Thousands of tribal elders made their way to the capital to join the loya jirga, a grand assembly, to confer on the key issue of whether or not to support the presence in their country of a limited number of U.S. troops beyond next year.
Amid some skepticism, they decided it was a good idea. U.S. Secretary of state John Kerry, who finished hammering out the deal with Karzai the day before the loya jirga began, was hopeful that they would.FULL STORY
By CNN's Jim Sciutto and Greg Botelho
Momentum appears to be building for a breakthrough deal on Iran's nuclear program, with top diplomats flocking to the site of ongoing talks and one Western official saying Friday a deal could be reached "as soon as tonight."
U.S. Secretary of State John Kerry and British Foreign Secretary William Hague will both be in Geneva on Saturday. French Foreign Minister Laurent Fabius headed to the Swiss city on Friday night, according to an European Union diplomatic source, and Chinese Foreign Minister Wang Yi has left Beijing for Geneva, according to his ministry's website.FULL STORY
By CNN Chief National Security Correspondent Jim Sciutto
In a possible sign of a breakthrough, several top diplomats - including those from the United States, Russia, the European Union and Iran - met in or headed to Geneva on Friday for talks on Tehran's nuclear program.
U.S. State Department spokeswoman Jen Psaki said that Secretary of State John Kerry would depart for the Swiss city "later today with the goal of continuing to help narrow the differences and move closer to an agreement." The American diplomat is expected to land there around 7:45 a.m. Saturday (1:45 a.m. ET), according to a Western official.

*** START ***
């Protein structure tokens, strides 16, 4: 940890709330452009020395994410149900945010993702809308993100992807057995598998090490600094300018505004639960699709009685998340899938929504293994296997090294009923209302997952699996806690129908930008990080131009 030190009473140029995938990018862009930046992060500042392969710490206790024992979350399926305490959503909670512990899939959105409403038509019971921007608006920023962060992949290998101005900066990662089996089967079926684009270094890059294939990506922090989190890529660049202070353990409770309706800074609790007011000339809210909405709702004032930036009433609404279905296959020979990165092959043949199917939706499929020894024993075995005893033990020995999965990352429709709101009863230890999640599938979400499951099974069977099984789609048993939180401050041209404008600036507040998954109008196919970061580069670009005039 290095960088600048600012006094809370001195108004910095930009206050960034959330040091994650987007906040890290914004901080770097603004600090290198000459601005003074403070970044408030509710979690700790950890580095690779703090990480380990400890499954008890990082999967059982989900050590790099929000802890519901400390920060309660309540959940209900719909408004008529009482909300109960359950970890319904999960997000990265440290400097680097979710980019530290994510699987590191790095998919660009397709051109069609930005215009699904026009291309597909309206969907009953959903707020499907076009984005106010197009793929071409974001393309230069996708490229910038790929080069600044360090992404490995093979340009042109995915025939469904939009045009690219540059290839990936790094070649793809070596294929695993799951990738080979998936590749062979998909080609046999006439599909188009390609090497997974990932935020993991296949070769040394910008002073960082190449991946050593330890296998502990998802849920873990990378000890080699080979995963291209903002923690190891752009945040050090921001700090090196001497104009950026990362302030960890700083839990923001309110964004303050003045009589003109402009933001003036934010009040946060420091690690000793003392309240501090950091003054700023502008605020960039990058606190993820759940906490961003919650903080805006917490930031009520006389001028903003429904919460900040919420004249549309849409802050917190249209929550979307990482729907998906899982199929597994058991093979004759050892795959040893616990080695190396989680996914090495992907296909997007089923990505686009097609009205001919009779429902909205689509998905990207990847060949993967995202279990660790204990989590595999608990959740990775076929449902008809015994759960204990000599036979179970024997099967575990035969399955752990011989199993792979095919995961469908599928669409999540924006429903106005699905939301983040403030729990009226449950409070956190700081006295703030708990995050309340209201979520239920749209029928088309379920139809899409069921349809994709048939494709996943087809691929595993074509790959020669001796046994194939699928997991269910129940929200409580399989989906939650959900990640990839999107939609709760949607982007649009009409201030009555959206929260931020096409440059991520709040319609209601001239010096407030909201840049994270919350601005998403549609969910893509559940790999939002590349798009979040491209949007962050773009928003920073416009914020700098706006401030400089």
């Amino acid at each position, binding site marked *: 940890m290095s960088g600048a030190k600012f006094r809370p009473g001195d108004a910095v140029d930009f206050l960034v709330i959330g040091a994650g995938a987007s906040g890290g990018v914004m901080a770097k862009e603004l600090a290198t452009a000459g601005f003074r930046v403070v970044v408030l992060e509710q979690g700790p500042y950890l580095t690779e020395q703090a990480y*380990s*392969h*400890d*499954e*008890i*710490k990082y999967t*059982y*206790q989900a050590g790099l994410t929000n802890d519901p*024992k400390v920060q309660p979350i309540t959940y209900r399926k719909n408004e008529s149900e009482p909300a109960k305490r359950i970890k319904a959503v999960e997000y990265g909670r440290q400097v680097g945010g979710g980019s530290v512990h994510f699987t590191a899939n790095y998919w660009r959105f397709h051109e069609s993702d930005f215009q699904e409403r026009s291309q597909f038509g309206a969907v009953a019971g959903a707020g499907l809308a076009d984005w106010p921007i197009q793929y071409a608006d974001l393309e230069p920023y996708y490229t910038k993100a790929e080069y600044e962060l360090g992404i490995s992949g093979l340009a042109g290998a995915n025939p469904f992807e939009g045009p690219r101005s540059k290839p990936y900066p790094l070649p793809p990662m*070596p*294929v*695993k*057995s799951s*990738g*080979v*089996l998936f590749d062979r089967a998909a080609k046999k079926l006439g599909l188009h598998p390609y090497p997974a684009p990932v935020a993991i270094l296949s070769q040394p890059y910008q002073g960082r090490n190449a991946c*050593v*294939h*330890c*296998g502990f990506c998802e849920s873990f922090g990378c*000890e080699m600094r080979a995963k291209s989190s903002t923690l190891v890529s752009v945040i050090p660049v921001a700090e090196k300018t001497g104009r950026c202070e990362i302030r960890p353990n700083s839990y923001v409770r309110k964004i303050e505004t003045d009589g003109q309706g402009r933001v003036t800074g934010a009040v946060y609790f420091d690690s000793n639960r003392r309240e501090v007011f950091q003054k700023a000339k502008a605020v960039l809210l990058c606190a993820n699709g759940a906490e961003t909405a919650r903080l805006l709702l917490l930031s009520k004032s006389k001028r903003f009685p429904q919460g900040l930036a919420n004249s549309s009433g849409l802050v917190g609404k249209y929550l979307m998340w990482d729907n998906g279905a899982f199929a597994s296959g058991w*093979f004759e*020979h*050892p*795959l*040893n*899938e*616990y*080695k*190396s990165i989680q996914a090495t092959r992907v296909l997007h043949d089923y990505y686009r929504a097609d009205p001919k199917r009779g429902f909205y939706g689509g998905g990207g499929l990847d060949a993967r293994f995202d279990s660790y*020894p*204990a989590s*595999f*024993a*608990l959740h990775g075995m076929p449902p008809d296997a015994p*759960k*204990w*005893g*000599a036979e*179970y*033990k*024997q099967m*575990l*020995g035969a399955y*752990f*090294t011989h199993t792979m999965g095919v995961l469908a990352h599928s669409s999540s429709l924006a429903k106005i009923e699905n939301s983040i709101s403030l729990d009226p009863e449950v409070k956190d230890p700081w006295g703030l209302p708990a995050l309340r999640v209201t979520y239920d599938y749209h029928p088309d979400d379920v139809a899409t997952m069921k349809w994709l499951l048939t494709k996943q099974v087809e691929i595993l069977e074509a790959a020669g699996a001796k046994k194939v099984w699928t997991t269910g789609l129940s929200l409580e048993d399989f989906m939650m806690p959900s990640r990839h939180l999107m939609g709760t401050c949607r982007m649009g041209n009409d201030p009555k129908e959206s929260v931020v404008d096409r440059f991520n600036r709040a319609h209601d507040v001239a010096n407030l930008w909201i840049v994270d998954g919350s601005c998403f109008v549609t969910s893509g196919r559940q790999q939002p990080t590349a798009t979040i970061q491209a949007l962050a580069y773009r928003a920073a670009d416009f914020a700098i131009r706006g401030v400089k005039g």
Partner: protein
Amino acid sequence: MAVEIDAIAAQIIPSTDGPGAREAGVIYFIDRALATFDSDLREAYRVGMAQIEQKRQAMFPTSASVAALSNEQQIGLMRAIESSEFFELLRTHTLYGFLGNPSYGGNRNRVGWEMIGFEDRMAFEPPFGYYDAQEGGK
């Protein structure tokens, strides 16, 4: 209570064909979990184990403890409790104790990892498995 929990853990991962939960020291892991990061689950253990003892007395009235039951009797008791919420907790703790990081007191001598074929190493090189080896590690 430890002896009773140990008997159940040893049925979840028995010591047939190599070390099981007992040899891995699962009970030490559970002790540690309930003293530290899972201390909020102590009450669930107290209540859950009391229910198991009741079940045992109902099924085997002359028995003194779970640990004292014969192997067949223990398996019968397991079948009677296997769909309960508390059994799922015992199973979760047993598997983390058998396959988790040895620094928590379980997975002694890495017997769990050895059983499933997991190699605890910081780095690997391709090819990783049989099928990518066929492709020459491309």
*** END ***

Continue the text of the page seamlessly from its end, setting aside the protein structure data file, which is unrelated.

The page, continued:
By Jamie Crawford
They may have been directed to a domestic audience, but some offensive remarks from Iran's supreme leader drew heated responses from senior officials in the Obama administration.
At issue were remarks by Ayatollah Ali Khamenei to a gathering of senior military officials in Tehran earlier this week in which he said Israeli officials "cannot be even called humans," and referred to Israeli Prime Minister Benjamin Netanyahu as "the rabid dog of the region."
"Well, obviously we disagree with it profoundly," Secretary of State John Kerry said in testimony before the Senate Foreign Relations Committee on Thursday.
"It's inflammatory and it's unnecessary, and I think at this moment, when we are trying to negotiate and figure out what can and can't be achieved, the last thing we need are names back and forth," Kerry said.